Department of Physics and Astronomy


University of Wyoming Physics & Astronomy Colloquium Series

Fridays -- 4:10 PM -- Prowse Room 234

Pre-Colloquium tea served at 3:45 in the Cinnamon Room, PS 237

Fall 2004 Schedule

Sep 17 Michael Hauck (Western Research Institute)
Remote Sensing Applications in Transportation: Applying Physical Principals to Improve the Nation's Infrastructure Efficiency and Performance

The application of remote sensing technologies to America's transportation infrastructure management holds immense promise to improve the safety, efficiency, flexibility, and cost-effectiveness of the transportation system - a 1.3 trillion dollar asset on which taxpayers spend over 117 billion dollars per year. Remote sensing technologies use acoustic and electromagnetic waves from various parts of the energy spectrum that can accentuate physical and chemical properties of materials (and therefore engineering performance), especially when used in combination. Remote sensors can be deployed on platforms ranging from satellites to construction equipment. Specific applications include the surveying of construction obstacles to avoid damaging buried infrastructure, the non-destructive testing of new pavements for quality control during construction, and the detection of precursors to infrastructure failure that could be used to schedule preventive maintenance. In this talk I will describe a research program jointly sponsored by NASA and the US Department of Transportation intended to kick-start an industry that will commercialize remote sensing products and technologies to address the Nation's critical transportation issues.

Sep 24 Jerry Tastad (Wyoming)
Adventures of Amateur Radio

Jerry is the Lab Coordinator for the University of Wyoming Department of Physics & Astronomy. He has been an amateur radio operator for over forty years and currently holds an amateur extra-class license. Jerry will talk about the physics of amateur radio and his experiences in the field.

Oct 1 Nathan Smith (U. Colorado)
Eta Carinae and its Massive Circumstellar Nebula

Eta Carinae is the most massive star that is close enough to be studied in detail, and it is surrounded by CNO-processed material ejected by the star in the last 160 years. The star teeters near the Eddington luminosity limit, causing erratic variability and extreme mass loss. The nebula has a huge amount of mass -- more than about 10 Msun -- which has important implications for post-MS evolution atop the HR Diagram. Additionally, the nebula around Eta Carinae provides our nearest example of the circumstellar environment of a potential hypernova progenitor, and may even raise questions about the first stars that formed in the early Universe.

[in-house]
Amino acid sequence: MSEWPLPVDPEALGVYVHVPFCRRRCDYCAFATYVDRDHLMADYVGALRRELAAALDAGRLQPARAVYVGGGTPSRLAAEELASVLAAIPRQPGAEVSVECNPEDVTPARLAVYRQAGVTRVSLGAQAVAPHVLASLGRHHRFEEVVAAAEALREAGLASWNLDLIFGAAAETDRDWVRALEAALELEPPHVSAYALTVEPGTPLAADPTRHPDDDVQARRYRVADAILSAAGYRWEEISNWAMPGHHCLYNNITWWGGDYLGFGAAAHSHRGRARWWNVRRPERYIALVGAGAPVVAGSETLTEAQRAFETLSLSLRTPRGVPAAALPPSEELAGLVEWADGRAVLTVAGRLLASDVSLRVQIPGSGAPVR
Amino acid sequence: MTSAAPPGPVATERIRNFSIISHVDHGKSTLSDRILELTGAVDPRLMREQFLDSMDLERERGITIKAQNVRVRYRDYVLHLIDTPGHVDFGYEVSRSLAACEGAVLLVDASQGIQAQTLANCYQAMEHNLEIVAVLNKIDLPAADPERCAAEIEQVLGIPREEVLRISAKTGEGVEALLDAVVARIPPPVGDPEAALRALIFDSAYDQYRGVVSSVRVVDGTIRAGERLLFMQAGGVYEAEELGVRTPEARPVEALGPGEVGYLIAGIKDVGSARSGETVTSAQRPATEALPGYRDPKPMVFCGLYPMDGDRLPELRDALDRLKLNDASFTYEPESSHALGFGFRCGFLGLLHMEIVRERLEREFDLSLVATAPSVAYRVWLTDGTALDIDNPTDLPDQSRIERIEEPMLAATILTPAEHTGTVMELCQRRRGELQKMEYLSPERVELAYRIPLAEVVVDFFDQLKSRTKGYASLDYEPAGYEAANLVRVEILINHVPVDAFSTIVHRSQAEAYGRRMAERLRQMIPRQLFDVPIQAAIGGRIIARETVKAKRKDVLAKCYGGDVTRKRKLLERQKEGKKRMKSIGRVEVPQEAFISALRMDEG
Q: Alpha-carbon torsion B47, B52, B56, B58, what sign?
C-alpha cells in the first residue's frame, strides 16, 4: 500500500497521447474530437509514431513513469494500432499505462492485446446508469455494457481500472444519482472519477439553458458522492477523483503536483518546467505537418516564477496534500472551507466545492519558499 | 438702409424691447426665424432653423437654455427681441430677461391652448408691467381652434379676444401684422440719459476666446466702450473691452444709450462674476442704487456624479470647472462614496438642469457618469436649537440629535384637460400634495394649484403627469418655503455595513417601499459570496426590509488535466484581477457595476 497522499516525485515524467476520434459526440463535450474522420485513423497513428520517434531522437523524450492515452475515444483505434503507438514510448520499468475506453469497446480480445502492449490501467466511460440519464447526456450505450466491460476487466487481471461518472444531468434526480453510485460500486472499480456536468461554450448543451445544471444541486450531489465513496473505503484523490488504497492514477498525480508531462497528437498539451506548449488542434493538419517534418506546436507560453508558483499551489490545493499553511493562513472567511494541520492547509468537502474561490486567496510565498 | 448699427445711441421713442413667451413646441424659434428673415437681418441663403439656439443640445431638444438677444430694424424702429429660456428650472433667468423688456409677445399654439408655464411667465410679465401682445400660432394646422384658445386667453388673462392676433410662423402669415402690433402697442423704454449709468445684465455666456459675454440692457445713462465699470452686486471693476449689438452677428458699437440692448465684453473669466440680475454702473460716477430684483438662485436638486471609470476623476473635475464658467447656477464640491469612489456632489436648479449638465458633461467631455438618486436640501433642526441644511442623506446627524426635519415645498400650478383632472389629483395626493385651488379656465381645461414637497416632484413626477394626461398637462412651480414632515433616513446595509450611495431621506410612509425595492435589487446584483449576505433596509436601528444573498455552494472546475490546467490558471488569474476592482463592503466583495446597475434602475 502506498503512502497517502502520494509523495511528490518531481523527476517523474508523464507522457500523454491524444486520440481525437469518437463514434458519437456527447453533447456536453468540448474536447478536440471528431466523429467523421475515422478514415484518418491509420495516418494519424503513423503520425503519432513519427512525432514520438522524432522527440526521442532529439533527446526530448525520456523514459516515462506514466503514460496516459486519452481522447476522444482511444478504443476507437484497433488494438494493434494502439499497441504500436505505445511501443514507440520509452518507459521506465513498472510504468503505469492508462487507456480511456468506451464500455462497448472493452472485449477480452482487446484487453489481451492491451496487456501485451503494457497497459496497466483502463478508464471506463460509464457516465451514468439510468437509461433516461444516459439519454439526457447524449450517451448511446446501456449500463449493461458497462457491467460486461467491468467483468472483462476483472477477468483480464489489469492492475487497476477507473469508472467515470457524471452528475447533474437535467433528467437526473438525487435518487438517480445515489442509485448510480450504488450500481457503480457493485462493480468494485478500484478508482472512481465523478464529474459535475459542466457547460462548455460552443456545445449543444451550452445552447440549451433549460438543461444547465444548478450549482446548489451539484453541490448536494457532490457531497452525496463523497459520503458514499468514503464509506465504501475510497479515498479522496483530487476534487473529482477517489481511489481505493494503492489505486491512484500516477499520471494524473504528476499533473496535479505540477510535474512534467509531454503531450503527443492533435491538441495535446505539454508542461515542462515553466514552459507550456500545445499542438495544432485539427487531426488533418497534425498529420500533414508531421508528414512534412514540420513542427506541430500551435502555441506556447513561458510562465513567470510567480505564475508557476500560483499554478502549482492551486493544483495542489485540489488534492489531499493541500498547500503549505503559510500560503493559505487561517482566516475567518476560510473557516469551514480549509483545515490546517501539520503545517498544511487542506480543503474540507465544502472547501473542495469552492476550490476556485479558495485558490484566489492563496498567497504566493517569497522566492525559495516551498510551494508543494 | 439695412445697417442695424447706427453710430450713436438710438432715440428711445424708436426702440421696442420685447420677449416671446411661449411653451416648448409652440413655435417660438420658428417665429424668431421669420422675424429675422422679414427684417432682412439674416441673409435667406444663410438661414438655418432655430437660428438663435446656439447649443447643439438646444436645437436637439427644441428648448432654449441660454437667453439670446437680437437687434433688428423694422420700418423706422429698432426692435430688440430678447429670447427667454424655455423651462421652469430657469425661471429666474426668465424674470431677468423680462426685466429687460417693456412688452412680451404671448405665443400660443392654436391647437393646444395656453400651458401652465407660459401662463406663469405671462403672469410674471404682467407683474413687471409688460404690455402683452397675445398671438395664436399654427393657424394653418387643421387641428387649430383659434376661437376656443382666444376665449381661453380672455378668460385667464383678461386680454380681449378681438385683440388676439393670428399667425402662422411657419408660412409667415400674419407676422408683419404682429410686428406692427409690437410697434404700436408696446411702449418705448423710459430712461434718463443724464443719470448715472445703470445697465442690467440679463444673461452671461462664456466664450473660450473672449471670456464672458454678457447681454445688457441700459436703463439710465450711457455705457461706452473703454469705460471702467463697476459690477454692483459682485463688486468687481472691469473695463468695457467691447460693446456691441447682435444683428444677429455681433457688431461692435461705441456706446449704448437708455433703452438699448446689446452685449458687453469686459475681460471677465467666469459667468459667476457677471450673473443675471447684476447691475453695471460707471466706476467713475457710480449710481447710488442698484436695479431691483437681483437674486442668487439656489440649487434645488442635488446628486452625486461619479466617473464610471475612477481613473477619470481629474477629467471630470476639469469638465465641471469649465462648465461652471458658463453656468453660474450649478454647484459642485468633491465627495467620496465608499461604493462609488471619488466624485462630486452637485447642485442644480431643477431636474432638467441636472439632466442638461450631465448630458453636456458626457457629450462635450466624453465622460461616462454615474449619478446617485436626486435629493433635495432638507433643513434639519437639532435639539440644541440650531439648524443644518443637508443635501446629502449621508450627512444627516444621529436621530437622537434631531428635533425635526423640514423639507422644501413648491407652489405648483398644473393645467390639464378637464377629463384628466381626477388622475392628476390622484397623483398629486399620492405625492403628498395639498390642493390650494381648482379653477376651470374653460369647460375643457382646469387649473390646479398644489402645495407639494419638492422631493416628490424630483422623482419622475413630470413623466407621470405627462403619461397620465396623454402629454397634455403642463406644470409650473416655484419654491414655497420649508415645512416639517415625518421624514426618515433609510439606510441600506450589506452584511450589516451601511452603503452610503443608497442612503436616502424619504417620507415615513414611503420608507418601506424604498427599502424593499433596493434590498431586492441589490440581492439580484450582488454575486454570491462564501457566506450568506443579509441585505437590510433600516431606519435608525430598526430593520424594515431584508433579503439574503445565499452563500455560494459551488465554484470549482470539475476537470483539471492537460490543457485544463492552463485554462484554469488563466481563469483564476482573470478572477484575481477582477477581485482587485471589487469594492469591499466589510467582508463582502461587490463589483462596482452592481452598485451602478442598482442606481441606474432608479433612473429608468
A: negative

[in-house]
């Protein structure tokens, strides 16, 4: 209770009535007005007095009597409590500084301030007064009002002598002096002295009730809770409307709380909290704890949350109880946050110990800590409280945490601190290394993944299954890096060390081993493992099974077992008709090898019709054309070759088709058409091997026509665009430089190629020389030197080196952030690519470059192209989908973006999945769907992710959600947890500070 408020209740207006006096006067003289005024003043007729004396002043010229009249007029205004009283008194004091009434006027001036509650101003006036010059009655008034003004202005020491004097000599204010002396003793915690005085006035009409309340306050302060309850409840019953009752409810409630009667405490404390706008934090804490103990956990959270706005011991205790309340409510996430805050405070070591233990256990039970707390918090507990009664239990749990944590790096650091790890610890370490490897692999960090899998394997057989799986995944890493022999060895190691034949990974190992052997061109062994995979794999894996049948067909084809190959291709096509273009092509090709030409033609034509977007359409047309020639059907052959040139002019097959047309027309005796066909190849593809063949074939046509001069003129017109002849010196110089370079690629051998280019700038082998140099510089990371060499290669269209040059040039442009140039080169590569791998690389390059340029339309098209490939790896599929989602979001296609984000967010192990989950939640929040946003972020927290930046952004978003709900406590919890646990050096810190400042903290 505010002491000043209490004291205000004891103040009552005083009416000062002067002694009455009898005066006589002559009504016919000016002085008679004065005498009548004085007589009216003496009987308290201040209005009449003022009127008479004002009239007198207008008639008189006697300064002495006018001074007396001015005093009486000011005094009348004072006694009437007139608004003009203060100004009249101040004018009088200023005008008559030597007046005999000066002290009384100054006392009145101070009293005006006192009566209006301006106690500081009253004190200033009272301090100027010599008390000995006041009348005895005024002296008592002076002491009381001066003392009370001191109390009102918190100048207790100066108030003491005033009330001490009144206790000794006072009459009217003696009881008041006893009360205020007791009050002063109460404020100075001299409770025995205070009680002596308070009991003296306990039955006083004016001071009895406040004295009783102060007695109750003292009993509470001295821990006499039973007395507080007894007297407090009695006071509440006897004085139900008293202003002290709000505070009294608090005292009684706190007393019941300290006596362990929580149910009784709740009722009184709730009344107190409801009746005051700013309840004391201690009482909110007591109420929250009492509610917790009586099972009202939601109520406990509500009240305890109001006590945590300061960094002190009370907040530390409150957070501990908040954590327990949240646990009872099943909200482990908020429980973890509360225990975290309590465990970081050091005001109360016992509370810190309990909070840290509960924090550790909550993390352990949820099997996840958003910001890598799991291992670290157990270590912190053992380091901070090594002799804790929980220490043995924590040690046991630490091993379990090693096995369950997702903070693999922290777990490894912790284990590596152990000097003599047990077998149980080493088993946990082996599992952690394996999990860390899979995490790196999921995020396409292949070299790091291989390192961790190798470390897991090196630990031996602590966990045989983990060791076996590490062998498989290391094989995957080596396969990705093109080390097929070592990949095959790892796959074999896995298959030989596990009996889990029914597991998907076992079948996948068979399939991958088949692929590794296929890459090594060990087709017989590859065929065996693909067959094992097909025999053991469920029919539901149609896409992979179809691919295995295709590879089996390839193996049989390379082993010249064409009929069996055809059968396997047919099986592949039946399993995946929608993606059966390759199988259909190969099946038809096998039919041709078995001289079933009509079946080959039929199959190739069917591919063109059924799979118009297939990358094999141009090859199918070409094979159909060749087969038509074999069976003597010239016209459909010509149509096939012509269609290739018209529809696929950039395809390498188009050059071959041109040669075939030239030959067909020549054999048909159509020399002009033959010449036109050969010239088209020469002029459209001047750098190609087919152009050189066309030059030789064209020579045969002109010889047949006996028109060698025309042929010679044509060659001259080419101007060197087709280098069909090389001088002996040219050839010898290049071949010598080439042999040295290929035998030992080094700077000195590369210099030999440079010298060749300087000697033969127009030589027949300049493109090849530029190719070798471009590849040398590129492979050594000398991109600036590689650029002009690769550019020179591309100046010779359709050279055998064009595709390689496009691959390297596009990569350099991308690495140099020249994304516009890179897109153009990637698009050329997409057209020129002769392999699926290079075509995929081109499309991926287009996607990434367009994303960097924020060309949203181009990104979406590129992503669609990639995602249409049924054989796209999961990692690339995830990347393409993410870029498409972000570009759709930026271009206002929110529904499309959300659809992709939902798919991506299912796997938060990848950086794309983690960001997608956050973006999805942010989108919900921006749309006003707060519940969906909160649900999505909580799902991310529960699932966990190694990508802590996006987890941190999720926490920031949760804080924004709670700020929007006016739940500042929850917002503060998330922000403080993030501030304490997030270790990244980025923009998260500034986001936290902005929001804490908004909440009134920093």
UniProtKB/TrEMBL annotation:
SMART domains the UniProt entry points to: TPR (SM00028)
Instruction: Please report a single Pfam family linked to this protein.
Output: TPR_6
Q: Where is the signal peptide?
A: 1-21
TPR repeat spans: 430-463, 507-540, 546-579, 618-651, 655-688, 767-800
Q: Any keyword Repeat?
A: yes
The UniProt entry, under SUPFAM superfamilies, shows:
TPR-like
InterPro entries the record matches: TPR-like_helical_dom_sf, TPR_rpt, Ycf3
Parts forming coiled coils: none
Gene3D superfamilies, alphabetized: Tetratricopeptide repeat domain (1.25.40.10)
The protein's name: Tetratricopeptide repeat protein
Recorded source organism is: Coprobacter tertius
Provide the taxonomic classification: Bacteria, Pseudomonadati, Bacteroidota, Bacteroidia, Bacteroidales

Oct 29 Jordanka Zlatanova (U. Wyoming)
Chromatin fibers: one-at-a time

DNA in the nucleus of eukaryotic organisms is organized as chromatin, a DNA-protein complex that packages the huge amount of DNA into a small volume and allows for regulation of biochemical processes that need access to the information stored in the double-helical structure of DNA. The study of chromatin structure and dynamics has entered a new phase, as a result of the advent of single-molecule techniques. I will present some of our results obtained with the Atomic Force Microscope (AFM), optical tweezers (OT) magnetic tweezers (MT), and more recently with single-pair Fluorescence Resonance Energy Transfer (spFRET). AFM imaging and quantitations have led us to question the accepted solenoid model for the higher-order organization of the chromatin fiber and to suggest that the fibers possess rather irregular three-dimensional structures that can be modeled using the known dimensions of the core particle and straight DNA linkers. Optical tweezers were used to mechanically stretch individual chromatin fibers directly assembled in the flow cell of the apparatus. The force-extensions curves recorded during stretching had numerous discontinuities interpreted as individual nucleosome unraveling events. The forces needed to unwrap the DNA from around the histone octamers were in the range of 20-40 pN, the same range of forces developed by RNA polymerases threading the DNA double helix during transcription. This fact is interpreted to mean that polymerases themselves may be in the position to clear nucleosomes out of the way for transcription to occur. I will briefly mention our data on using magnetic tweezers to follow assembly of individual chromatin fibers as a function of the force applied to the DNA template. The process of nucleosome assembly is highly force-dependent and can only proceed to forces of up to 10 pN. The physiologically-relevant interpretation of the data addresses the issue of whether and under what conditions nucleosomes can reform in the wake of the passing polymerase complex. Finally, I will illustrate the use of spFRET to study fast, long-range, reversible conformational transition in the nucleosome particle.